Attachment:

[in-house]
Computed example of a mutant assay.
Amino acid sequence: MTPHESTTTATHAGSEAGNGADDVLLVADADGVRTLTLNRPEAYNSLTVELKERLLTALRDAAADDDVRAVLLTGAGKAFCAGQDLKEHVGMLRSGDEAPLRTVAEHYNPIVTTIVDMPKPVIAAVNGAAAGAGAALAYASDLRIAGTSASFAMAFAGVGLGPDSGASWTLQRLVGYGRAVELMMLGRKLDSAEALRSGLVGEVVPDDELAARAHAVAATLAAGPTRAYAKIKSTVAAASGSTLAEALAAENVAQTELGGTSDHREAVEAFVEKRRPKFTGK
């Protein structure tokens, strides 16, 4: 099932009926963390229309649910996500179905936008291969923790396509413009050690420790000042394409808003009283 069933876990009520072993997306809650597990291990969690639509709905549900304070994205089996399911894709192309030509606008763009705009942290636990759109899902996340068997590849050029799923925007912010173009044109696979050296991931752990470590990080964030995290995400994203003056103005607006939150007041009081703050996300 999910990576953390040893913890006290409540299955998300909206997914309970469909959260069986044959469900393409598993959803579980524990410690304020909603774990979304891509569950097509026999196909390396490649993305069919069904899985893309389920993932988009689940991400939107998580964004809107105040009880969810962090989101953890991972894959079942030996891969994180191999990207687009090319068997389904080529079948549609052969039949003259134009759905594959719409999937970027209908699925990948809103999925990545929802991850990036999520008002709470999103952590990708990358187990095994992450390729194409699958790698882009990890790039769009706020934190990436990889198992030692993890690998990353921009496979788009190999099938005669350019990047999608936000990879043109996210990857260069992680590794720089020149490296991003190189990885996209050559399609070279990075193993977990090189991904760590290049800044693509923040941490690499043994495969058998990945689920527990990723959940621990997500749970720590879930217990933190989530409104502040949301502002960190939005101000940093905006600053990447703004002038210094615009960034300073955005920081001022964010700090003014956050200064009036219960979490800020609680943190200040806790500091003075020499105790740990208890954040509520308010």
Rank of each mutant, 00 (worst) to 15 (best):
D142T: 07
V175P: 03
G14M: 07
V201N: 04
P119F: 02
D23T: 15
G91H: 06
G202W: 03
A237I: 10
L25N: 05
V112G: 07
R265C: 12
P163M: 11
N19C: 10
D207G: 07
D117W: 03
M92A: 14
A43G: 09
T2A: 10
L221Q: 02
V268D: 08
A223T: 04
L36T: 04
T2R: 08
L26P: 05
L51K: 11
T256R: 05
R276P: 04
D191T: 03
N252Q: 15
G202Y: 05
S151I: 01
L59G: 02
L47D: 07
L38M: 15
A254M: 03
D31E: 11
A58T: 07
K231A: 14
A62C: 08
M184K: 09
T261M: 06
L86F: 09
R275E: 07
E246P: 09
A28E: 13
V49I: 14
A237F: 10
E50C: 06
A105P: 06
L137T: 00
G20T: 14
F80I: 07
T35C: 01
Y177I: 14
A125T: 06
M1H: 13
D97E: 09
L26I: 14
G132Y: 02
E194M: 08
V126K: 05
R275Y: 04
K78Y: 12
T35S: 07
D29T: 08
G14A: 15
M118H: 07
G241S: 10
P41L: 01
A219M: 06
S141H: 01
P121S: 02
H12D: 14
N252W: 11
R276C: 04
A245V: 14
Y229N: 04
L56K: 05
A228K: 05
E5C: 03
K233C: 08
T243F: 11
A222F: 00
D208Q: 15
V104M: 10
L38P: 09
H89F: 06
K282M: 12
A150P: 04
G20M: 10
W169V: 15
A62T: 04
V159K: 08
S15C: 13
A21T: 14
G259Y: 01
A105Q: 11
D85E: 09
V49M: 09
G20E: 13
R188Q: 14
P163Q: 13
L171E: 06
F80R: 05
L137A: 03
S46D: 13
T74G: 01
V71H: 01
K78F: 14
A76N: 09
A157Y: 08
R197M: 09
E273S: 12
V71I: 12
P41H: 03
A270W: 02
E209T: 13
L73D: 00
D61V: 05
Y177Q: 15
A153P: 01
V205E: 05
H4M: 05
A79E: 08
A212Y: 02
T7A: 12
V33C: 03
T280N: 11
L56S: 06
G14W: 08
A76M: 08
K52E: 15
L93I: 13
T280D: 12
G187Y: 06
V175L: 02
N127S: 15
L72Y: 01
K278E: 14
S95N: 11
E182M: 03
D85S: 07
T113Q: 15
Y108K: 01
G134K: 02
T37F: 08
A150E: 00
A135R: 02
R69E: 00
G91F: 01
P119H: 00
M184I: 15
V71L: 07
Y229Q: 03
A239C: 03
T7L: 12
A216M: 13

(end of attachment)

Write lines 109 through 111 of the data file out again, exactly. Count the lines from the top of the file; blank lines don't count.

L171E: 06
F80R: 05
L137A: 03